Advocacy

House Baltic Caucus Celebrates 20 Years

The House Baltic Caucus (HBC) turned 20 this year and was recognized with an elegant reception on Capitol Hill attended by members of Congress, Baltic parliamentarians, embassy officials and other friends of the Baltics.  The event was organized by the embassies of Estonia, Latvia and Lithuania, and the Joint Baltic American National Committee (JBANC), to thank caucus members for their support over the years and to welcome new members.  Distinguished participants included caucus co-chair, Representative John Shimkus (R-IL), and caucus members Rep. Andy Barr (R-KY) and Rep. Doug Lamborn (R-CO), along with Marko Mihkelson, Chairman of the Estonian parliament’s Foreign Affairs Committee; Solvita Āboltiņa, Chairwoman of the Latvian parliament’s National Security Committee; and Emanuelis Zingeris, Chairman, United States Caucus, Lithuanian Parliament.

HBC20 parl group - by photog

Distinguished guests from left:  Emanuelis Zingeris, John Shimkus, Solvita Āboltiņa, Marko Mihkelson, Andy Barr, Karl Altau.  Photo by Peteris Alunan.

After welcome remarks by JBANC managing director Karl Altau, Mr. Mihkelson thanked the HBC especially for its work during the process of NATO enlargement.  He noted that Estonia is not just a consumer of security but has also become a provider.  Estonian troops have been active members of many NATO deployments and are currently increasing their presence in Afghanistan.  As Russia is testing the West wherever it can, we can’t take the world order for granted and the HBC’s role will remain as important as ever.

Rep. Barr thanked the three Baltic governments for their commitment to allocating 2% of their budgets to defense and outlined areas where continued cooperation will be important.  Working together on deterrence, sanctions oversight, and pressing the Administration on the importance of energy security are key areas of focus.  He stressed that Article 5 is alive and well, and the U.S. will continue to be side by side with its allies, standing united in bipartisan, bicameral support.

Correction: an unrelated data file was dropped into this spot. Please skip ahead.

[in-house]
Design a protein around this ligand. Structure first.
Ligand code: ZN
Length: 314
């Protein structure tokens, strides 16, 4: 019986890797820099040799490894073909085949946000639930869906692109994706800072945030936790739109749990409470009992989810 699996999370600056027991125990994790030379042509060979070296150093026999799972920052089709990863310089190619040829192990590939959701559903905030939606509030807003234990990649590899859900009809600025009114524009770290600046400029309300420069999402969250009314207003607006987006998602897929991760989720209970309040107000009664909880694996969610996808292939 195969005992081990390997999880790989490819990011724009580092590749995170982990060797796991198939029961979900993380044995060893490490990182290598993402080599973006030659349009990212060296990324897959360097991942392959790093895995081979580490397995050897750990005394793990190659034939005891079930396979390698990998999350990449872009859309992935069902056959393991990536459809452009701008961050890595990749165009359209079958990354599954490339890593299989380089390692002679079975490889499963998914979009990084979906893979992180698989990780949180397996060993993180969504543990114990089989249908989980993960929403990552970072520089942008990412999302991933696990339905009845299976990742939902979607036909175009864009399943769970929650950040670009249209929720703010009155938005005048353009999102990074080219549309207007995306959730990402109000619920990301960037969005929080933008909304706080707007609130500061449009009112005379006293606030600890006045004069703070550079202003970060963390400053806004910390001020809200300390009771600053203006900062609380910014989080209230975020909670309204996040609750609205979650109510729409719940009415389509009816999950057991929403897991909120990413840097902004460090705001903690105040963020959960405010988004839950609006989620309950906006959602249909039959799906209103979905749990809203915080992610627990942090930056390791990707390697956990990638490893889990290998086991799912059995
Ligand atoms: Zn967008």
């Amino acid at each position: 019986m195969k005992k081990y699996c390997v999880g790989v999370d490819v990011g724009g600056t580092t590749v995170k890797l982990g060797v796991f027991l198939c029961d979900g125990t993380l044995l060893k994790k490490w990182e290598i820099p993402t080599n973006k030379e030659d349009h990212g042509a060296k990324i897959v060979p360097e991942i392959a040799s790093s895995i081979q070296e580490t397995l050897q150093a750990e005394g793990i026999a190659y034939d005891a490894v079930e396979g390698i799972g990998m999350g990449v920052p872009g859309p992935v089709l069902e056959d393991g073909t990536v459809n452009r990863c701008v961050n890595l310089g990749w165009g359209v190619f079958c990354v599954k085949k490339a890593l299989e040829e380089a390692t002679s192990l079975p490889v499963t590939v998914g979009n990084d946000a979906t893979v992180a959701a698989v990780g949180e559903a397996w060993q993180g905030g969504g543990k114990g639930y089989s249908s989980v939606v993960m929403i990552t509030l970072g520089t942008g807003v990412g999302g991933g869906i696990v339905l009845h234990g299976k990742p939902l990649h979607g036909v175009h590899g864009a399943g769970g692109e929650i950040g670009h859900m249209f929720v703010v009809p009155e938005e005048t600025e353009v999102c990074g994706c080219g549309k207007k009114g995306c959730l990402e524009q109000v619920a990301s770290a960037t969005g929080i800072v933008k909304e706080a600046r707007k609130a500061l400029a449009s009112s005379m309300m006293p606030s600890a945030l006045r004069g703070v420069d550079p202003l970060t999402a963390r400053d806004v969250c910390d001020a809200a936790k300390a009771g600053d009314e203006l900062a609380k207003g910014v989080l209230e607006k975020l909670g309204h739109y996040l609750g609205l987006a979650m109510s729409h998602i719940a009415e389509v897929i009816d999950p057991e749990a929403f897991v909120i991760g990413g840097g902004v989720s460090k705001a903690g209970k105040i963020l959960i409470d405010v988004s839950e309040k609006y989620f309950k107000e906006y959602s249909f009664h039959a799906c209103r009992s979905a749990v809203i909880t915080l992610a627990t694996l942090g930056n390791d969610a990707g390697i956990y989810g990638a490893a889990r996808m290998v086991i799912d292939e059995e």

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Estonian Foreign Affairs Committee Chairman Marko Mihkelson addressing the gathering.

Rep. Shimkus thanked the audience for remembering their ancestry and pushing their members of Congress to remain engaged in the region.  He also applauded the Baltic nations for helping their neighbors as they struggle with evolving democracies.  Estonia, Latvia and Lithuania have set commendable examples for other countries that yearn to be free.

The HBC’s membership now stands at 74, with 22 of those joining in 2017, thanks at least in part to outreach by JBANC, its parent organizations, and their constituents.  EANC is proud to actively support these efforts and will continue to do so.  We also invite Estonian Americans to check the list of HBC members at http://housebalticcaucus.webs.com and make a call to thank caucus members or ask Representatives not listed to join.  The last 20 years have shown that Congress supports the Baltic region and welcomes engagement from their Baltic-American constituents.  We look forward to the next two decades of security, stability and progress bolstered by continued strong U.S.-Baltic cooperation.

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Advocacy

DC Spotlight on Estonia and the Baltic Region

Several events this fall highlighted the interest shown among multiple Washington circles in matters concerning Estonia and the Baltics.  Visiting officials included Estonian ministers, parliamentarians, and cyber security experts, while think tanks hosted Baltic and Scandinavian panels, and members of Congress met with their Baltic counterparts to discuss security issues in the region.

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CSIS panelists (from left) Marina Kaljurand, Merle Maigre, Juhan Lepassaar and Tanel Sepp discuss strategies for securing cyberspace.